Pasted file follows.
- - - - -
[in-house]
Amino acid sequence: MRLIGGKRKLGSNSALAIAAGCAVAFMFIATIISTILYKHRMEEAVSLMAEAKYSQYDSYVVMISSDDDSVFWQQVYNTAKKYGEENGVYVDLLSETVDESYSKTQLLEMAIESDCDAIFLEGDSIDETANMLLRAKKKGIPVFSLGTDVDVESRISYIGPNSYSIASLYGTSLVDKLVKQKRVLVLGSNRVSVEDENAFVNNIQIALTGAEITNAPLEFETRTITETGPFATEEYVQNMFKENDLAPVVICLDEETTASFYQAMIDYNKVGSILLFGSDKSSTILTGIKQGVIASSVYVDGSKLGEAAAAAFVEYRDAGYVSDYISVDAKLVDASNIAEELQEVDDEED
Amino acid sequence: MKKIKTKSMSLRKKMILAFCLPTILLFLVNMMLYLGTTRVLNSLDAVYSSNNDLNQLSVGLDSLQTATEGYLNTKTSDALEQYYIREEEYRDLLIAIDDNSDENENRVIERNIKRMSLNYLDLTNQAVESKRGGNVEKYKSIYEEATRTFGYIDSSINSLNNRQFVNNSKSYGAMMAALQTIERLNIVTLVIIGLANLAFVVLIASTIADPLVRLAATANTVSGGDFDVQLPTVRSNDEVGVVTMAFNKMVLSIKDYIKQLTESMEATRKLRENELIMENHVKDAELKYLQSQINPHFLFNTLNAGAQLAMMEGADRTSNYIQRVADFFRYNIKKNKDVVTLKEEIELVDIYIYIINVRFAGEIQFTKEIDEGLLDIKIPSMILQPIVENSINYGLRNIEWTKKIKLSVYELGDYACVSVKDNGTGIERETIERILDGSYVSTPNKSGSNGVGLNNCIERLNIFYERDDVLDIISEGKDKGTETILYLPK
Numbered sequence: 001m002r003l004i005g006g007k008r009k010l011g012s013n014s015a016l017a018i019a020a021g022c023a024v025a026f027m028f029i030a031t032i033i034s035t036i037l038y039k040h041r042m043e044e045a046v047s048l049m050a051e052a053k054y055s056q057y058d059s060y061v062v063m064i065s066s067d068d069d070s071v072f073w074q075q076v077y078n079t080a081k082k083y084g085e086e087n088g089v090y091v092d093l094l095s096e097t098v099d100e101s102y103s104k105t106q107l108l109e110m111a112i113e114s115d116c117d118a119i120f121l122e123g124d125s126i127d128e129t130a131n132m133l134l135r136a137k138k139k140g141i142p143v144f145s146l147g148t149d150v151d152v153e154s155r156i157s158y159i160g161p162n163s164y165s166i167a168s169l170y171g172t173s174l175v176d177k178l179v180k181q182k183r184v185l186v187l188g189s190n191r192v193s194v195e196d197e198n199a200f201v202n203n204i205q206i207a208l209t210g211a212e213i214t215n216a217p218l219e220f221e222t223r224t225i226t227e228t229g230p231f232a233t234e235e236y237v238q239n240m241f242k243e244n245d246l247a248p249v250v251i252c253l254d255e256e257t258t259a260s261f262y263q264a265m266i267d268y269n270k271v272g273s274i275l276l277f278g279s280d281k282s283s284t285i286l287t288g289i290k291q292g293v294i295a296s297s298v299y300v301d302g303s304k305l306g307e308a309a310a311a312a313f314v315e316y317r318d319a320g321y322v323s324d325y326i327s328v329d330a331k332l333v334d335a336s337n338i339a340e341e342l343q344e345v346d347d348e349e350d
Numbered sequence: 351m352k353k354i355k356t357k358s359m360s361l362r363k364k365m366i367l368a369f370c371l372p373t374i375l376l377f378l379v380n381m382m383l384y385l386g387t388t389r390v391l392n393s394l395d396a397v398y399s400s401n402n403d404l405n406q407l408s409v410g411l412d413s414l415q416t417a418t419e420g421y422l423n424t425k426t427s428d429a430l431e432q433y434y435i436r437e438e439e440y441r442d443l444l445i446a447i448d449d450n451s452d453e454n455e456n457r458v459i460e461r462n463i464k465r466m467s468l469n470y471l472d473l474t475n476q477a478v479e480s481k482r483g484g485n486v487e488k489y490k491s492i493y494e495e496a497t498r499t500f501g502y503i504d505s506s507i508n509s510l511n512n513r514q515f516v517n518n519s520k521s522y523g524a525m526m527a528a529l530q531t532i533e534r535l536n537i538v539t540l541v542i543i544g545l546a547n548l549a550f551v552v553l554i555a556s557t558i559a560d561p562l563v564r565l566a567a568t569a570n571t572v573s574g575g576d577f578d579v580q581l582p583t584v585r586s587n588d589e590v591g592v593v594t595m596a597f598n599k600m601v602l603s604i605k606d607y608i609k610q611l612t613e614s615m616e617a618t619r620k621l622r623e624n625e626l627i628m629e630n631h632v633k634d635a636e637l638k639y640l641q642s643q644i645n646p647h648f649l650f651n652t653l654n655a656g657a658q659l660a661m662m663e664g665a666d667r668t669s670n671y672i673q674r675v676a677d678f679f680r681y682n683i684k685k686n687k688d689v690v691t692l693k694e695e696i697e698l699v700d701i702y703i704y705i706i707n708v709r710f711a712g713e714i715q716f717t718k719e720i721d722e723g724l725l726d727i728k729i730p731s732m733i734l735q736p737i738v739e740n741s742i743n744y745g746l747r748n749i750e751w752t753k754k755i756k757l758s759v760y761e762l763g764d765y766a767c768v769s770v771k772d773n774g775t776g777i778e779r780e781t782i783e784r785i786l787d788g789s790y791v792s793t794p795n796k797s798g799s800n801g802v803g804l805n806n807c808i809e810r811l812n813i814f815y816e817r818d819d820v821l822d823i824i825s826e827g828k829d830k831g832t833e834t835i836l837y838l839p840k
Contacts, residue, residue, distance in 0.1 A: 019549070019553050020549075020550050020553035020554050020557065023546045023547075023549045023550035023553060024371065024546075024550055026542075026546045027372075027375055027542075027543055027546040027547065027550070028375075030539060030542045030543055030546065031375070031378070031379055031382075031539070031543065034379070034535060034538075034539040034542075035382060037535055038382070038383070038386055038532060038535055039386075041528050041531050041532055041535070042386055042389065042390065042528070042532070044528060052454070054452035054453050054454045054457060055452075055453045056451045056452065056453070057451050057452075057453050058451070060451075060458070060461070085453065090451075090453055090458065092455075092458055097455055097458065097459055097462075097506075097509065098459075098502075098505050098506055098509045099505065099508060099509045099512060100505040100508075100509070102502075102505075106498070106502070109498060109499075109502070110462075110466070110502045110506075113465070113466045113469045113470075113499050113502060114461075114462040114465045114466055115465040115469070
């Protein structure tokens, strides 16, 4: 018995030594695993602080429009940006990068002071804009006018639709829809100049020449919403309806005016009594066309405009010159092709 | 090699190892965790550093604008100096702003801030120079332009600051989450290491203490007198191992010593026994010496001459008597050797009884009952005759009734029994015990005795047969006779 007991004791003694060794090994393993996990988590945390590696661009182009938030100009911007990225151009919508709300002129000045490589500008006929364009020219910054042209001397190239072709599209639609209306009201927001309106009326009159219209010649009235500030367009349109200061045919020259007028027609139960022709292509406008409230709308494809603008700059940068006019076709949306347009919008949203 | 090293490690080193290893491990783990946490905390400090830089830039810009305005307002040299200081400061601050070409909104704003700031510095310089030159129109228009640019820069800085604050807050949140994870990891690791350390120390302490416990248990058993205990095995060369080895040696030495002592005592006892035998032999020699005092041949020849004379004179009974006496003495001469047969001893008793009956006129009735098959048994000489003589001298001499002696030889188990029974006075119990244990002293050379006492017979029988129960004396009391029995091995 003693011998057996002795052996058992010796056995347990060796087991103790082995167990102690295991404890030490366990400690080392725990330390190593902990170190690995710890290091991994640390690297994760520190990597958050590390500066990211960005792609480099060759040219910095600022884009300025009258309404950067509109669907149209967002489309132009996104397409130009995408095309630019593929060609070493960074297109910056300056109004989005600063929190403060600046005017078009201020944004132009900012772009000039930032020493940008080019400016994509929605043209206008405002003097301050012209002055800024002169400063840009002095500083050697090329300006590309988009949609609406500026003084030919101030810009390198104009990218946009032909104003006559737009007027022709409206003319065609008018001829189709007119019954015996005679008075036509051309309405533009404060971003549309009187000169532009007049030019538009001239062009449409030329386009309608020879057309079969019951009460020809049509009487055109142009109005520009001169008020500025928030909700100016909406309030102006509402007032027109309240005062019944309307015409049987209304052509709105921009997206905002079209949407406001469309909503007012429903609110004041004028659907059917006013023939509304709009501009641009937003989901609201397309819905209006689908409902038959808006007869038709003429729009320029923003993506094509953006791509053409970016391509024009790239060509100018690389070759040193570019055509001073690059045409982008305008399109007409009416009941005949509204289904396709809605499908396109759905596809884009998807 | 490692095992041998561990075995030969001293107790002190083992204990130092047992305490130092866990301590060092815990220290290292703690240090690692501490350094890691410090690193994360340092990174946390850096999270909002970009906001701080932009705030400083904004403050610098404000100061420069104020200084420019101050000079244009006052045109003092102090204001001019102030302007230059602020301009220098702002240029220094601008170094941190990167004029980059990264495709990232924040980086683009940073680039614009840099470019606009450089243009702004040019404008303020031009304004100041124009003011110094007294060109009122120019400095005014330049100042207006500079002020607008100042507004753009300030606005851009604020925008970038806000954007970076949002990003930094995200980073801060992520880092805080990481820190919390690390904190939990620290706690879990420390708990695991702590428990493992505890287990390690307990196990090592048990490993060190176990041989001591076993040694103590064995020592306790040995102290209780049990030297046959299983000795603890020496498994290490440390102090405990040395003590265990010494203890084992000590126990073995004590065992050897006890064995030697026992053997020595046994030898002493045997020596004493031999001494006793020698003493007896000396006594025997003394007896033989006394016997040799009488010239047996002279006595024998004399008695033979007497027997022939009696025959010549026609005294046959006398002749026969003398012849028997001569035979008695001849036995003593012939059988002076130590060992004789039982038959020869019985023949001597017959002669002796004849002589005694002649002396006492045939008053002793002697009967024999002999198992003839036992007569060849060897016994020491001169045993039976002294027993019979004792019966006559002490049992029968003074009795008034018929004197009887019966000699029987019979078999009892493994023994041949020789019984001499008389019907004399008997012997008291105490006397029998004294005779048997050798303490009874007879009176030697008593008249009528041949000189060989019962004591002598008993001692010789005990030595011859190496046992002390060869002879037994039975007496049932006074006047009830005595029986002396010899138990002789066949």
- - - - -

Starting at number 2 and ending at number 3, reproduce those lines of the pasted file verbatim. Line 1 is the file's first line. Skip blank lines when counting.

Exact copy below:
Amino acid sequence: MRLIGGKRKLGSNSALAIAAGCAVAFMFIATIISTILYKHRMEEAVSLMAEAKYSQYDSYVVMISSDDDSVFWQQVYNTAKKYGEENGVYVDLLSETVDESYSKTQLLEMAIESDCDAIFLEGDSIDETANMLLRAKKKGIPVFSLGTDVDVESRISYIGPNSYSIASLYGTSLVDKLVKQKRVLVLGSNRVSVEDENAFVNNIQIALTGAEITNAPLEFETRTITETGPFATEEYVQNMFKENDLAPVVICLDEETTASFYQAMIDYNKVGSILLFGSDKSSTILTGIKQGVIASSVYVDGSKLGEAAAAAFVEYRDAGYVSDYISVDAKLVDASNIAEELQEVDDEED
Amino acid sequence: MKKIKTKSMSLRKKMILAFCLPTILLFLVNMMLYLGTTRVLNSLDAVYSSNNDLNQLSVGLDSLQTATEGYLNTKTSDALEQYYIREEEYRDLLIAIDDNSDENENRVIERNIKRMSLNYLDLTNQAVESKRGGNVEKYKSIYEEATRTFGYIDSSINSLNNRQFVNNSKSYGAMMAALQTIERLNIVTLVIIGLANLAFVVLIASTIADPLVRLAATANTVSGGDFDVQLPTVRSNDEVGVVTMAFNKMVLSIKDYIKQLTESMEATRKLRENELIMENHVKDAELKYLQSQINPHFLFNTLNAGAQLAMMEGADRTSNYIQRVADFFRYNIKKNKDVVTLKEEIELVDIYIYIINVRFAGEIQFTKEIDEGLLDIKIPSMILQPIVENSINYGLRNIEWTKKIKLSVYELGDYACVSVKDNGTGIERETIERILDGSYVSTPNKSGSNGVGLNNCIERLNIFYERDDVLDIISEGKDKGTETILYLPK